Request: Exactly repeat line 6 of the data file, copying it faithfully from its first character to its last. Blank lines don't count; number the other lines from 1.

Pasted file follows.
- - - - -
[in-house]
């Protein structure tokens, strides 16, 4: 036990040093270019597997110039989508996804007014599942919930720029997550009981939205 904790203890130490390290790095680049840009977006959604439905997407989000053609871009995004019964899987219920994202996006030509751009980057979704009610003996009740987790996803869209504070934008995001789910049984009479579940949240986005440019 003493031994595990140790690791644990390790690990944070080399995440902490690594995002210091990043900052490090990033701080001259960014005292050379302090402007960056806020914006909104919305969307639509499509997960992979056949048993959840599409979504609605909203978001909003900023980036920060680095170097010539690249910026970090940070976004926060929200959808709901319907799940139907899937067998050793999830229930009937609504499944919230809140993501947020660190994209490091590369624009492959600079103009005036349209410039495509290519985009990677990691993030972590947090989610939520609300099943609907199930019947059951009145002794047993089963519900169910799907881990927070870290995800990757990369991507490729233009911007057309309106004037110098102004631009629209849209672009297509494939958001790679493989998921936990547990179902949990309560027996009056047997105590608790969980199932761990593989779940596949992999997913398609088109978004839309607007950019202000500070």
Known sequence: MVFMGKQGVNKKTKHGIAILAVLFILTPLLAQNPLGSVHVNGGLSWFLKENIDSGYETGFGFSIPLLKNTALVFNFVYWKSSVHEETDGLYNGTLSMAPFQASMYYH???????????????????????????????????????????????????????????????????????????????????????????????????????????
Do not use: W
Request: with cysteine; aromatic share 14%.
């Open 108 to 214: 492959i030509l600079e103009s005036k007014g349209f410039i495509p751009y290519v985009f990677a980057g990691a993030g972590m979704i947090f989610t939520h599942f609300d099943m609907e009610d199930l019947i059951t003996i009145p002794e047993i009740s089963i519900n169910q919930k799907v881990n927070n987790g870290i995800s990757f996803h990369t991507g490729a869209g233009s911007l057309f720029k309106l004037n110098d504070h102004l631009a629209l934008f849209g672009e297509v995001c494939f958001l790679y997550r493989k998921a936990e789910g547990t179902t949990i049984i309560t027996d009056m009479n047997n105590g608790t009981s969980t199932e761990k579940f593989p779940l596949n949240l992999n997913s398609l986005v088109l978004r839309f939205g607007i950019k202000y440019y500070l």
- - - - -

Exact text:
């Open 108 to 214: 492959i030509l600079e103009s005036k007014g349209f410039i495509p751009y290519v985009f990677a980057g990691a993030g972590m979704i947090f989610t939520h599942f609300d099943m609907e009610d199930l019947i059951t003996i009145p002794e047993i009740s089963i519900n169910q919930k799907v881990n927070n987790g870290i995800s990757f996803h990369t991507g490729a869209g233009s911007l057309f720029k309106l004037n110098d504070h102004l631009a629209l934008f849209g672009e297509v995001c494939f958001l790679y997550r493989k998921a936990e789910g547990t179902t949990i049984i309560t027996d009056m009479n047997n105590g608790t009981s969980t199932e761990k579940f593989p779940l596949n949240l992999n997913s398609l986005v088109l978004r839309f939205g607007i950019k202000y440019y500070l």